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Petitioner wants recall powers for town Friday, March 14, 2003
D. Craig MacCormack Metrowest Daily News
FRAMINGHAM -- A Foley Drive resident wants to see more accountability for elected officials and will push Town Meeting voters to support his petition article allowing the town to implement a mechanism to recall those in power.

Steven Hakar last night told selectmen his article, which is one of 45 on the April 22 warrant, displays "the epitome of democracy.  It keeps officials honest and holds them accountable.

"This is considered a safeguard more than a remedy act.  It gives more power to the citizens.  It's another chance for evaluation," he said.

Selectmen recommended sending the article to the Government Study Committee for further review, but Hakar's measure will remain on the warrant and can be revised before Town Meeting convenes.

"It sounds like a process that lends itself to single-issue votes," said Selectman John Kahn.  He also bristled at the idea that a recall election could mean a candidate would grab a seat without securing a majority of the votes.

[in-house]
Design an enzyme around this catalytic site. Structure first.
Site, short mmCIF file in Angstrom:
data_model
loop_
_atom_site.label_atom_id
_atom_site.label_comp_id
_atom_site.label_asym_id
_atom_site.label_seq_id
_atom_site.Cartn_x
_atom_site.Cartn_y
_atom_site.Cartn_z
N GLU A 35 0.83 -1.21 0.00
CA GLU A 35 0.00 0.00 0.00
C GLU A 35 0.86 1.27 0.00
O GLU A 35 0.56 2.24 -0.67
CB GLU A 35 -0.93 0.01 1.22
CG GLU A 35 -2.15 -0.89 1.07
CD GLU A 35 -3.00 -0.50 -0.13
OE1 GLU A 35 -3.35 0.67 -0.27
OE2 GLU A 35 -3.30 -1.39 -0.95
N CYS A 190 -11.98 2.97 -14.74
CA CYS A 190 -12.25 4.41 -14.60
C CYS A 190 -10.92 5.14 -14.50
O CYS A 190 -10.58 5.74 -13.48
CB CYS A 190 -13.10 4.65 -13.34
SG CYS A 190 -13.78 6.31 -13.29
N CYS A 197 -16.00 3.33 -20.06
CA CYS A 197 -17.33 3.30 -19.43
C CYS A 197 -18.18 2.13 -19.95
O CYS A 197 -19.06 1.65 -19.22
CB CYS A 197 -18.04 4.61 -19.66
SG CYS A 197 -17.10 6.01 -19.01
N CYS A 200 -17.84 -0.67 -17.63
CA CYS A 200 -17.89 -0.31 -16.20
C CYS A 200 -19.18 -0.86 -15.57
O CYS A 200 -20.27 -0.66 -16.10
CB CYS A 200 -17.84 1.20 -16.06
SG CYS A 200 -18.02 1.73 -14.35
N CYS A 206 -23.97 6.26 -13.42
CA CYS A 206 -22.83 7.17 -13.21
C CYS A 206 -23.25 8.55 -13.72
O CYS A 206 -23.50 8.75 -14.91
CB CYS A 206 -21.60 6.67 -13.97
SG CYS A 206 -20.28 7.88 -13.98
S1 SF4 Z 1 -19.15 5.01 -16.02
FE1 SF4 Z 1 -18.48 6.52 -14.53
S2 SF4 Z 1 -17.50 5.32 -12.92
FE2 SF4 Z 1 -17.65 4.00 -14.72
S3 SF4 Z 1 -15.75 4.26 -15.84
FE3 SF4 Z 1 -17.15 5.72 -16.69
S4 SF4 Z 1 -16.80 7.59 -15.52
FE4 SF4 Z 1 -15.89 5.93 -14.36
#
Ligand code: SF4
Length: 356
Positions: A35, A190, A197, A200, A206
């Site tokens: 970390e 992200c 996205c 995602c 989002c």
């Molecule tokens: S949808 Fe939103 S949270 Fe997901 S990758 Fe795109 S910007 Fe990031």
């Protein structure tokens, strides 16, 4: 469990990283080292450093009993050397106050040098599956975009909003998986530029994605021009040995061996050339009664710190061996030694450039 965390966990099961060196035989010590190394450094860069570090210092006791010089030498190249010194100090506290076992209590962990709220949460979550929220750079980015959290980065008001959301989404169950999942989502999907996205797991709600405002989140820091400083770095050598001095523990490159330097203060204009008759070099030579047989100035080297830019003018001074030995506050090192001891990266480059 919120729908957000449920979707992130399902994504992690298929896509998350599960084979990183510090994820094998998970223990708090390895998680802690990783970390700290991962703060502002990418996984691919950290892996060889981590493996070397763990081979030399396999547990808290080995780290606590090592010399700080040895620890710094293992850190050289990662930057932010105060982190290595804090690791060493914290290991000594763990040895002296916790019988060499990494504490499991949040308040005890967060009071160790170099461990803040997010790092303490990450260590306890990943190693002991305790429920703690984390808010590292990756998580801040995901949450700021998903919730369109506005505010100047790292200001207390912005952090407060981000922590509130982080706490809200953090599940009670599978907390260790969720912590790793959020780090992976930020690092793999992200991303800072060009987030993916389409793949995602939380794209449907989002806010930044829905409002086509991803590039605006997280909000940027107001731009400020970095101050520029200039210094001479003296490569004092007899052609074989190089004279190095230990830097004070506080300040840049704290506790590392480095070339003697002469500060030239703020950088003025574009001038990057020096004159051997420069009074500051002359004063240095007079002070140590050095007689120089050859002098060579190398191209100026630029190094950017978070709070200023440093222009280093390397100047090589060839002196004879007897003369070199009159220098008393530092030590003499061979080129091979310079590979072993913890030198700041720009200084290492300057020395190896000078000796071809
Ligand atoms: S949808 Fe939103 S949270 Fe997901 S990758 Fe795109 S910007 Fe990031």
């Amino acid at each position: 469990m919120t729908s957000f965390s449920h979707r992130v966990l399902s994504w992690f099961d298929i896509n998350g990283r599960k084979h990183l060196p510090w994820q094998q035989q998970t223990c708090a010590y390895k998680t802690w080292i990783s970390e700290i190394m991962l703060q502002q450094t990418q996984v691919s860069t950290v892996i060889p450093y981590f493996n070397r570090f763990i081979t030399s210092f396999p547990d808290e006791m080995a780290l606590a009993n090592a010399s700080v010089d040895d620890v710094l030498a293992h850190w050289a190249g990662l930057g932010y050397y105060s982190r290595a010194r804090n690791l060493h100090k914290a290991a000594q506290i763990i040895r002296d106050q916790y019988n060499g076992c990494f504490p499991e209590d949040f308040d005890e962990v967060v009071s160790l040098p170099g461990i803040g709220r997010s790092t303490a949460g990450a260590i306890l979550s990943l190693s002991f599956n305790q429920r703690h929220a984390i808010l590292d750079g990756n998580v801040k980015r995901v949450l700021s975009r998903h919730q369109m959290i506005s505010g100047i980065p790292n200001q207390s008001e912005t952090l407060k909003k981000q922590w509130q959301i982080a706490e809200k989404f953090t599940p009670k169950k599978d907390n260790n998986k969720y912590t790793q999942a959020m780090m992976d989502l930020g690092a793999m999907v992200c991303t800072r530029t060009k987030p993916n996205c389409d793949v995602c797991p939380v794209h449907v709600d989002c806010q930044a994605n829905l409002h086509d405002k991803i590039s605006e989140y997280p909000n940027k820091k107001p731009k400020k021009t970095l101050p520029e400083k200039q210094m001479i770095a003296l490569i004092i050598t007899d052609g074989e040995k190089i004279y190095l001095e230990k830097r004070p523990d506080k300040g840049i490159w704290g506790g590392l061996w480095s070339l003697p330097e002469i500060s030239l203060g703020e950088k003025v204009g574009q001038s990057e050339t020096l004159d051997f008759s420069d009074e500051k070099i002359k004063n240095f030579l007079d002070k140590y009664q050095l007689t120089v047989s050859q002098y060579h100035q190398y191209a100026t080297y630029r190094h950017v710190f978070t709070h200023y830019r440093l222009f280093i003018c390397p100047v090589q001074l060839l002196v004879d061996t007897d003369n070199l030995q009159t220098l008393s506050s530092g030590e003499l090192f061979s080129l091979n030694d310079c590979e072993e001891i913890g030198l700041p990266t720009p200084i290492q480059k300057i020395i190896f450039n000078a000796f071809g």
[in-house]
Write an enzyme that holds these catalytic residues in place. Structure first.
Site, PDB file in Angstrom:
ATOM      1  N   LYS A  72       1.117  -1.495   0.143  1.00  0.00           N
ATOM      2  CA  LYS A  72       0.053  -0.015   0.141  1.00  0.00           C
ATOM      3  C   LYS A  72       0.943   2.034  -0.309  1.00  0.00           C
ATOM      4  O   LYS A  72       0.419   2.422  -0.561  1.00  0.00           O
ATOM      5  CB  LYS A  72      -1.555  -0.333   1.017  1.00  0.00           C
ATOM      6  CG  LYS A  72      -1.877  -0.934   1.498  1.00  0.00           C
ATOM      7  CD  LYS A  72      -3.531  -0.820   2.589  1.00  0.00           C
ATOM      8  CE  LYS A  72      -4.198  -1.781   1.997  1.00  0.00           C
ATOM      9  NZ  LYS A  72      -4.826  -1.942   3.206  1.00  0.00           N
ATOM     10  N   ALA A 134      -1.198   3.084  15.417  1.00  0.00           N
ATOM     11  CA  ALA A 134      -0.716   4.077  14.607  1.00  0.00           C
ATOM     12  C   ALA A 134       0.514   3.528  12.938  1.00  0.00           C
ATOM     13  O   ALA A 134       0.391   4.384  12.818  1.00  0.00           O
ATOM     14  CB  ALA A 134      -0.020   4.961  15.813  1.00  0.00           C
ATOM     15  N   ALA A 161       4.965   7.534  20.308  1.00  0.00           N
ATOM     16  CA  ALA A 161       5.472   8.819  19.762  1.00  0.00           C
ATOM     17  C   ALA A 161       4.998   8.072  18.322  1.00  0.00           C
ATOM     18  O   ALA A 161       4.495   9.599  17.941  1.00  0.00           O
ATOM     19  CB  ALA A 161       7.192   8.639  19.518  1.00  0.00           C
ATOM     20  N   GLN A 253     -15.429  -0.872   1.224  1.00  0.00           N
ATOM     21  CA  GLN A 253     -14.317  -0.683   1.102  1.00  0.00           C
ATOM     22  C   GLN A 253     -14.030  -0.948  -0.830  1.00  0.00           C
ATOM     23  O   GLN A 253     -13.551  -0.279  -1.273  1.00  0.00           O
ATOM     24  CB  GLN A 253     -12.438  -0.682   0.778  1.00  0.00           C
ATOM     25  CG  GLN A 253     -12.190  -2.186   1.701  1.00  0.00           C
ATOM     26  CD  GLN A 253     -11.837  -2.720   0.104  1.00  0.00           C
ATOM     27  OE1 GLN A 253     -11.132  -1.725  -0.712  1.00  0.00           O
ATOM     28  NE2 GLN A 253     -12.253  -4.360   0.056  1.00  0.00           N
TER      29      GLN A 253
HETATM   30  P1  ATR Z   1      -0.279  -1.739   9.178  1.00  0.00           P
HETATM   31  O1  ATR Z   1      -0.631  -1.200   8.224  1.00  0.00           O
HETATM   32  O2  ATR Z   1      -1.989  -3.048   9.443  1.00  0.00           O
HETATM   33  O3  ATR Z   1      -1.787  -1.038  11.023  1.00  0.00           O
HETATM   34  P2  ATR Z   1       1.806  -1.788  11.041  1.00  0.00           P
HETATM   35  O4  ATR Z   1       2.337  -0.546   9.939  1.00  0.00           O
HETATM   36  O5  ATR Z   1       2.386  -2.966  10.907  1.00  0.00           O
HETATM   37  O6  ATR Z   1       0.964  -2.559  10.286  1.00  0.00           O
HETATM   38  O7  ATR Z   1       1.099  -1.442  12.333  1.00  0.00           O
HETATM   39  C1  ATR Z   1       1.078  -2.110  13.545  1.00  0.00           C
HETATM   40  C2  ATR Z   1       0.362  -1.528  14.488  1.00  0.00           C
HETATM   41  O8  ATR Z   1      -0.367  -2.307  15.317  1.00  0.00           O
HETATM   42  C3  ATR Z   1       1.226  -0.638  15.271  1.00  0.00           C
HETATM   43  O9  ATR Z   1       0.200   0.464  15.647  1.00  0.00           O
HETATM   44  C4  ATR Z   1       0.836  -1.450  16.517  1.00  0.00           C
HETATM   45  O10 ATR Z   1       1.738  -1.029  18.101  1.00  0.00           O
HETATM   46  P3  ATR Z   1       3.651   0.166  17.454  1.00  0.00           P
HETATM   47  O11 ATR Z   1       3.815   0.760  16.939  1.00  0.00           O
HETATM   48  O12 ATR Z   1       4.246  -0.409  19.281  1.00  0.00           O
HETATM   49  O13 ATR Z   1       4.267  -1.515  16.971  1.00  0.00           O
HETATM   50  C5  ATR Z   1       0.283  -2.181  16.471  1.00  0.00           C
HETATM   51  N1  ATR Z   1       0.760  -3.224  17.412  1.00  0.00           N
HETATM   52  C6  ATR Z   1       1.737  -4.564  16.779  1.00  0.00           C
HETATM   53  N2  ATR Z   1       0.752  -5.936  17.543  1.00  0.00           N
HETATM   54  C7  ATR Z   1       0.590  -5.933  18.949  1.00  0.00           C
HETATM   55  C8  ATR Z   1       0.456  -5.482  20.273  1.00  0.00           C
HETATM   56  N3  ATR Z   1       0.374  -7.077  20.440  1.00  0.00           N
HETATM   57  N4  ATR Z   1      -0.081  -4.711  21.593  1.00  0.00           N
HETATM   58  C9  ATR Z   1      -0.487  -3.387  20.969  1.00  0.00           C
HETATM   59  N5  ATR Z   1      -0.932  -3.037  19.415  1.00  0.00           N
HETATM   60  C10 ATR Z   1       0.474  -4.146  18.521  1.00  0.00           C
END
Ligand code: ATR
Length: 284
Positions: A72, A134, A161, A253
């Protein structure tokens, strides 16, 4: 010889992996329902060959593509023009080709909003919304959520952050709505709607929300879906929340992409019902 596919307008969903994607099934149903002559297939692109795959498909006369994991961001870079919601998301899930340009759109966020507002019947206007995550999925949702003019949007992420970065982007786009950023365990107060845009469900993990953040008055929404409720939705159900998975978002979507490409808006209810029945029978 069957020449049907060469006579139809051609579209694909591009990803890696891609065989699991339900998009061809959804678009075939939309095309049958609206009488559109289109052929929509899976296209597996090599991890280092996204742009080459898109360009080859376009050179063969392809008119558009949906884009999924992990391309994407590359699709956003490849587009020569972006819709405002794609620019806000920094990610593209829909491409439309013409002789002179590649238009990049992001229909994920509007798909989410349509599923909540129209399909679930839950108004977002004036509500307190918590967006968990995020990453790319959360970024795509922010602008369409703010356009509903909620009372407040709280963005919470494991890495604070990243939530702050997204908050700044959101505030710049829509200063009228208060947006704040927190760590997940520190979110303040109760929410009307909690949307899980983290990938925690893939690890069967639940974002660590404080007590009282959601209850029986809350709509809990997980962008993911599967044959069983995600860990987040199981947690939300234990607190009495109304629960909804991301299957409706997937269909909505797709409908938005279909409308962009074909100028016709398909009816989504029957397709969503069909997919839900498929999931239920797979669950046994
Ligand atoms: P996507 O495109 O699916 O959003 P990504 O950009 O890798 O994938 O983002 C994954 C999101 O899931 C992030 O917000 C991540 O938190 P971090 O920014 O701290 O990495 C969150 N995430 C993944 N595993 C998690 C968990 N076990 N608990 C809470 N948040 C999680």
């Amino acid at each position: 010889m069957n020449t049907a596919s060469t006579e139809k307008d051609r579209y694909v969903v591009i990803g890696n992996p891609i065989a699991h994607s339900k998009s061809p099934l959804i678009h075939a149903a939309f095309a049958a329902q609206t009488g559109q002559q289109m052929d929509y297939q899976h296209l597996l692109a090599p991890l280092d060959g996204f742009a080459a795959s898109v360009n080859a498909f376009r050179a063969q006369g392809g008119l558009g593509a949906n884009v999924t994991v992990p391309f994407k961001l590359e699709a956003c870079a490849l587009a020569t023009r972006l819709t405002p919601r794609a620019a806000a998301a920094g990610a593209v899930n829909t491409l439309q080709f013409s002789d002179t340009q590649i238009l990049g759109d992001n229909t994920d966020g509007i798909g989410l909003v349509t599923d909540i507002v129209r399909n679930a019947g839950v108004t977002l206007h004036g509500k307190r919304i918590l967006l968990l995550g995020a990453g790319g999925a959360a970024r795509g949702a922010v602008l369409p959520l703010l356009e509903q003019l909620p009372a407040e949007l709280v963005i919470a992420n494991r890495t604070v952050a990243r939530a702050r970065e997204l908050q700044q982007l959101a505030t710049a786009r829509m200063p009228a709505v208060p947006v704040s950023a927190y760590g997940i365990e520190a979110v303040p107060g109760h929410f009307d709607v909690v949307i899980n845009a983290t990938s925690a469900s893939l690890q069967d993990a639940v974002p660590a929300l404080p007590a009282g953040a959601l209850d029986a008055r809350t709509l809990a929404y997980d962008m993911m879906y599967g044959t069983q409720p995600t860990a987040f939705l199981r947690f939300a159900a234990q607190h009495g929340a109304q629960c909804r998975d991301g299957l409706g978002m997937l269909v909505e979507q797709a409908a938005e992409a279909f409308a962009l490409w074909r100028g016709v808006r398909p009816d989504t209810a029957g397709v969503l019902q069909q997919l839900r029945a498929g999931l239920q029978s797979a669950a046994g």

Hakar's effort, modeled largely after one in place in Maynard, would require 5 percent of the town's registered voters to ask for the recall after 108 voters submitted an affidavit to the town clerk with the name of the official.

If a recall election is triggered, voters can either go against the motion and keep the official in office or vote for the recall and choose from a pool of replacement candidates on the ballot, said Hakar.

Officials being recalled must have at least six months in office but no less than six months remaining on their terms.

That would rule out recalling the moderator, said selectmen Vice Chairman Charles Sisitsky, because that term runs for one year.

Chairman Esther Hopkins questioned Hakar's article, saying the recalled official seems to have no opportunity to squelch rumors lodged against him or her before the matter goes to a vote.

Sixteen states have recall election regulations on the books.

The 5 percent threshold, said Hakar, is enough to keep personal vendettas from becoming recall initiatives.  Selectman Ginger Esty agreed. "It's always important to empower the voters if something egregious occurs.  I don't think ordinary rumors would carry the day," she said.

Hopkins wants more of a safeguard, she said.

"This doesn't protect against that," she said.

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